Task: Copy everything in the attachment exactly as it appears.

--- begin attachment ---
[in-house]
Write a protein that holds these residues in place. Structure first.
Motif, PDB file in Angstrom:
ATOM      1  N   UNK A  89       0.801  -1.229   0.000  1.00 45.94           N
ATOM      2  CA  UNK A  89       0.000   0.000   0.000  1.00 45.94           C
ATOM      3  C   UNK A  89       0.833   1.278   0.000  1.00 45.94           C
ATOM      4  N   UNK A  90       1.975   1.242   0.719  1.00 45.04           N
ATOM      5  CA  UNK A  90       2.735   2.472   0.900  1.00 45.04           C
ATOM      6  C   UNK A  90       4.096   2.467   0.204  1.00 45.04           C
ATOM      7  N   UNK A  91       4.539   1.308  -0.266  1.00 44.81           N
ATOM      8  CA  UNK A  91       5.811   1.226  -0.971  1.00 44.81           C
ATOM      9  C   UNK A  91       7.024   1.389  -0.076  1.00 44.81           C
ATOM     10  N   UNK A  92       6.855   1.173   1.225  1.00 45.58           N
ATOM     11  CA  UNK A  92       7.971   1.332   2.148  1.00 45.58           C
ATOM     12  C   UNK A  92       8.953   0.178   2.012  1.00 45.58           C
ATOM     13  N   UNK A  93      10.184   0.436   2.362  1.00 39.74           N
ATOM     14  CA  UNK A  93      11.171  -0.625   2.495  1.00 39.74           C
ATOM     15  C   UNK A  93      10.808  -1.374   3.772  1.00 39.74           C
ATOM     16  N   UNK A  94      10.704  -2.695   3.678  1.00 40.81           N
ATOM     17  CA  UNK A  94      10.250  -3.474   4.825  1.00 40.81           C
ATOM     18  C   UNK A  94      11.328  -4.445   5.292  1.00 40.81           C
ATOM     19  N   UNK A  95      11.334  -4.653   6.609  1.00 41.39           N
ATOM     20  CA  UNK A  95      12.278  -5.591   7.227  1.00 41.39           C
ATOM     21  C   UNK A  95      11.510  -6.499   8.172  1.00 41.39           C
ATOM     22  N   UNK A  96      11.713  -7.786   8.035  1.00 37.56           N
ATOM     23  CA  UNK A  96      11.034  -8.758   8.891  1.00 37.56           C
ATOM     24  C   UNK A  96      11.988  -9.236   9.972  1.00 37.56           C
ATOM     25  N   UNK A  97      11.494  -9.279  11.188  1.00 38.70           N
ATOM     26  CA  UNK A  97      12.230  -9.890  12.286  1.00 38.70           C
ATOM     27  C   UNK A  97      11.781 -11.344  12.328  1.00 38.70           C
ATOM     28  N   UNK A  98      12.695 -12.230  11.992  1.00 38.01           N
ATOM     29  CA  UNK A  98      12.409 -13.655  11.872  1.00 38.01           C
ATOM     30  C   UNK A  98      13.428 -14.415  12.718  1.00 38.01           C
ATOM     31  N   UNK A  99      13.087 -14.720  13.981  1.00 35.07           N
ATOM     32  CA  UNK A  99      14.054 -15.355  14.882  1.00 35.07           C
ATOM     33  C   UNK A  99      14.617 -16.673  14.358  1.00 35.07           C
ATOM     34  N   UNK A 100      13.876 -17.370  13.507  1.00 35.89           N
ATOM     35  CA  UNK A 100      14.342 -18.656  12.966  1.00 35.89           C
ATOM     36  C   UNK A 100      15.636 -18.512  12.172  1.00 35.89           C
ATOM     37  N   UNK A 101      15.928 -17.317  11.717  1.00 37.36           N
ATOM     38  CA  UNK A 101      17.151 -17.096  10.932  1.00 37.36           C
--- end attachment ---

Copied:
[in-house]
Write a protein that holds these residues in place. Structure first.
Motif, PDB file in Angstrom:
ATOM      1  N   UNK A  89       0.801  -1.229   0.000  1.00 45.94           N
ATOM      2  CA  UNK A  89       0.000   0.000   0.000  1.00 45.94           C
ATOM      3  C   UNK A  89       0.833   1.278   0.000  1.00 45.94           C
ATOM      4  N   UNK A  90       1.975   1.242   0.719  1.00 45.04           N
ATOM      5  CA  UNK A  90       2.735   2.472   0.900  1.00 45.04           C
ATOM      6  C   UNK A  90       4.096   2.467   0.204  1.00 45.04           C
ATOM      7  N   UNK A  91       4.539   1.308  -0.266  1.00 44.81           N
ATOM      8  CA  UNK A  91       5.811   1.226  -0.971  1.00 44.81           C
ATOM      9  C   UNK A  91       7.024   1.389  -0.076  1.00 44.81           C
ATOM     10  N   UNK A  92       6.855   1.173   1.225  1.00 45.58           N
ATOM     11  CA  UNK A  92       7.971   1.332   2.148  1.00 45.58           C
ATOM     12  C   UNK A  92       8.953   0.178   2.012  1.00 45.58           C
ATOM     13  N   UNK A  93      10.184   0.436   2.362  1.00 39.74           N
ATOM     14  CA  UNK A  93      11.171  -0.625   2.495  1.00 39.74           C
ATOM     15  C   UNK A  93      10.808  -1.374   3.772  1.00 39.74           C
ATOM     16  N   UNK A  94      10.704  -2.695   3.678  1.00 40.81           N
ATOM     17  CA  UNK A  94      10.250  -3.474   4.825  1.00 40.81           C
ATOM     18  C   UNK A  94      11.328  -4.445   5.292  1.00 40.81           C
ATOM     19  N   UNK A  95      11.334  -4.653   6.609  1.00 41.39           N
ATOM     20  CA  UNK A  95      12.278  -5.591   7.227  1.00 41.39           C
ATOM     21  C   UNK A  95      11.510  -6.499   8.172  1.00 41.39           C
ATOM     22  N   UNK A  96      11.713  -7.786   8.035  1.00 37.56           N
ATOM     23  CA  UNK A  96      11.034  -8.758   8.891  1.00 37.56           C
ATOM     24  C   UNK A  96      11.988  -9.236   9.972  1.00 37.56           C
ATOM     25  N   UNK A  97      11.494  -9.279  11.188  1.00 38.70           N
ATOM     26  CA  UNK A  97      12.230  -9.890  12.286  1.00 38.70           C
ATOM     27  C   UNK A  97      11.781 -11.344  12.328  1.00 38.70           C
ATOM     28  N   UNK A  98      12.695 -12.230  11.992  1.00 38.01           N
ATOM     29  CA  UNK A  98      12.409 -13.655  11.872  1.00 38.01           C
ATOM     30  C   UNK A  98      13.428 -14.415  12.718  1.00 38.01           C
ATOM     31  N   UNK A  99      13.087 -14.720  13.981  1.00 35.07           N
ATOM     32  CA  UNK A  99      14.054 -15.355  14.882  1.00 35.07           C
ATOM     33  C   UNK A  99      14.617 -16.673  14.358  1.00 35.07           C
ATOM     34  N   UNK A 100      13.876 -17.370  13.507  1.00 35.89           N
ATOM     35  CA  UNK A 100      14.342 -18.656  12.966  1.00 35.89           C
ATOM     36  C   UNK A 100      15.636 -18.512  12.172  1.00 35.89           C
ATOM     37  N   UNK A 101      15.928 -17.317  11.717  1.00 37.36           N
ATOM     38  CA  UNK A 101      17.151 -17.096  10.932  1.00 37.36           C